Professional competence: How do you weed the weeds?

We are making strides in promoting continuing competence and ongoing professional development in the occupational therapy profession but there is still work to be done. The current theme running through my head has to do with quacksalvers and quality in continuing education offerings.

As far as I can tell, there are few if any standards for the quality in continuing education courses as it relates to the CONTENT of the offering. I read the IACET standards and was disappointed that Standard 7 didn't really delve deeply into the issue of regulation of the QUALITY and CONTENT of continuing education courses. So if the primary standard-setter of quality in continuing education does not address quality of CONTENT, what should be done?

As an aside, I don't know that I blame IACET - how could they possibly address quality across so many diverse topic areas? Does this leave the professional associations to make statements about quality of content? Or is this left to certification bodies?

Here is what the physical therapy profession did. I especially like standard 5 which states "Each CE offering must be based on referenced scientific evidence, reflect evidence in practice and clearly label personal experience or hypotheses." I am still not sure if it makes much difference though: if we look at myofascial release as a case example I am not sure if many physical therapy course offerings in this area really meet standard 5. Even more frightening, check out what happens when you start to poke the tiger.

I did some cursory searching and couldn't find a similar OT document from AOTA that directly addresses the continuing education quality of content issue. The document may exist - I just couldn't find it. If anyone knows of any such document please let me know so I can include it here.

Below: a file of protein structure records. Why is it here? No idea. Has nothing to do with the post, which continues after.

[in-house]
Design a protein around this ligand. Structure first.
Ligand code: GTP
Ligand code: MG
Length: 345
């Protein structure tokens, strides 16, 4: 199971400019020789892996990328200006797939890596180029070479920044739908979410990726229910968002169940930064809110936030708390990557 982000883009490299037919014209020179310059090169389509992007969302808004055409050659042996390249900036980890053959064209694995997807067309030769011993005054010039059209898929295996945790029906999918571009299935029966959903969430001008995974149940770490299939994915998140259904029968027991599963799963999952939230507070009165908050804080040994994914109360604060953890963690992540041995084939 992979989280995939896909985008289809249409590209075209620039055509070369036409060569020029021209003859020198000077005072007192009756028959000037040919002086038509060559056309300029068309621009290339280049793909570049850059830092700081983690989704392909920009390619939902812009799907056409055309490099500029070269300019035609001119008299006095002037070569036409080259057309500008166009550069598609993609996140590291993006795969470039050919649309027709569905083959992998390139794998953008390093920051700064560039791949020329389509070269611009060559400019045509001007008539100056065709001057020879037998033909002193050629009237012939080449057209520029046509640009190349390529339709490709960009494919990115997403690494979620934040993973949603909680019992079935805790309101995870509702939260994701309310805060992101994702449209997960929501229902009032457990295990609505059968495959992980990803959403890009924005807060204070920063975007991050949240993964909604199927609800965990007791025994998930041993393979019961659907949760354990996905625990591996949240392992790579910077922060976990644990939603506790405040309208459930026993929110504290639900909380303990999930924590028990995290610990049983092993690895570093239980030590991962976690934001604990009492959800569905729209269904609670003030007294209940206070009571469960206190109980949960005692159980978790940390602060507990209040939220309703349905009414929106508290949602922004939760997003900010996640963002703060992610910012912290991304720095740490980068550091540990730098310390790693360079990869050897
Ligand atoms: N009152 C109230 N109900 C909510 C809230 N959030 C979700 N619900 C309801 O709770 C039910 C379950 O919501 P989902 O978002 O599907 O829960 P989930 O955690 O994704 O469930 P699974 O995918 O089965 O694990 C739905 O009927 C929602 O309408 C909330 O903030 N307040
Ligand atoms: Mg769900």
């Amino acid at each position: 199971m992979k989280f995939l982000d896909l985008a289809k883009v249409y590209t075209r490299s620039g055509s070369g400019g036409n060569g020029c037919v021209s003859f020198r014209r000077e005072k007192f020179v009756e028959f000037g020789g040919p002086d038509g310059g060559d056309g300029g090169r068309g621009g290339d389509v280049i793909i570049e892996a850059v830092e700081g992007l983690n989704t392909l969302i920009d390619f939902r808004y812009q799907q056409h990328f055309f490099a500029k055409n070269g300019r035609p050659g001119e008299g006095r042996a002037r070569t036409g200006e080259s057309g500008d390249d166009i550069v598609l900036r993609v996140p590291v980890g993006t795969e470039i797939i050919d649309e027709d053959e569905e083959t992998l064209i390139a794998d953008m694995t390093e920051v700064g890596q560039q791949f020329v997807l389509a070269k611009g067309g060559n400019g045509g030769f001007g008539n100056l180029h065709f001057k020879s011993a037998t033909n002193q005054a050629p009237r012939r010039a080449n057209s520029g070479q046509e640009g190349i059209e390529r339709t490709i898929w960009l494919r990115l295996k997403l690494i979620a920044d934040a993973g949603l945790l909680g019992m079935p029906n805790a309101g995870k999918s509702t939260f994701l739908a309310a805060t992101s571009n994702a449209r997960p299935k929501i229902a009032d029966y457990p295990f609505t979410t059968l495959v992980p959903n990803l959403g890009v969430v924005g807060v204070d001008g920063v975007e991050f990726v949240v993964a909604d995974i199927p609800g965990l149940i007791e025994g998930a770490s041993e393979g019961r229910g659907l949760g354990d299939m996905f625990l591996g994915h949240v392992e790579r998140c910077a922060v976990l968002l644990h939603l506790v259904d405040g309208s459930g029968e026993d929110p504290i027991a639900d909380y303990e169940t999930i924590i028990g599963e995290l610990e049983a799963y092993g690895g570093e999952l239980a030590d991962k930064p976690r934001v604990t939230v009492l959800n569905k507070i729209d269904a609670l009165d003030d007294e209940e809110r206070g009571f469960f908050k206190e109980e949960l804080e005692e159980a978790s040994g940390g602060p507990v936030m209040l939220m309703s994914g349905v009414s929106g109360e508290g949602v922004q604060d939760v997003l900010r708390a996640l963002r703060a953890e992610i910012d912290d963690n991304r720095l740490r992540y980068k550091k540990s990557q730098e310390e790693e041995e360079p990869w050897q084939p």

And if it does exist - does it matter? Any given professional association doesn't really have the resources or even teeth to address the issue. Would someone actually step forward and say that over two decades of continuing education on the Wilbarger DPPT without accompanying progress in researching the technique is ENOUGH ALREADY? Or will these types of little student projects that are done every year in EBP classes remain the hushed secret that all OT students know but are never admitted to by the people who continue to promote the madness?

A good colleague today suggested to me that perhaps all this is best left to the marketplace. I don't know. Maybe I just need to rub some lavender essential oils on my temples or something. I hear it works.

Comments

healthskills said…
Hi Chris
The problem with leaving it to the marketplace is that for how many years have the general public continued to believe in the best advertising - all the while being sold so-called treatments that simply do not work. Think of taking vitamin C 'to ward off colds', or magnets and copper bracelets for rheumatism.

There are so many reasons that an ineffective treatment can seem to 'work' that scientifically naive people can be easily misled.

Perhaps some of the fundamentals of evidence in health care need to be mandatory learning for all graduates as part of postgraduate education?
Chris said…
Of course healthskills is absolutely correct here. I was just despairing when I wrote this :)

While I am at it - I will mention that my comment about rubbing oils into my temples was tongue in cheek - lest anyone lose faith in me!

Thanks for visiting.
healthskills said…
Ahhhh, but lavendar oils have a wonderful scent!

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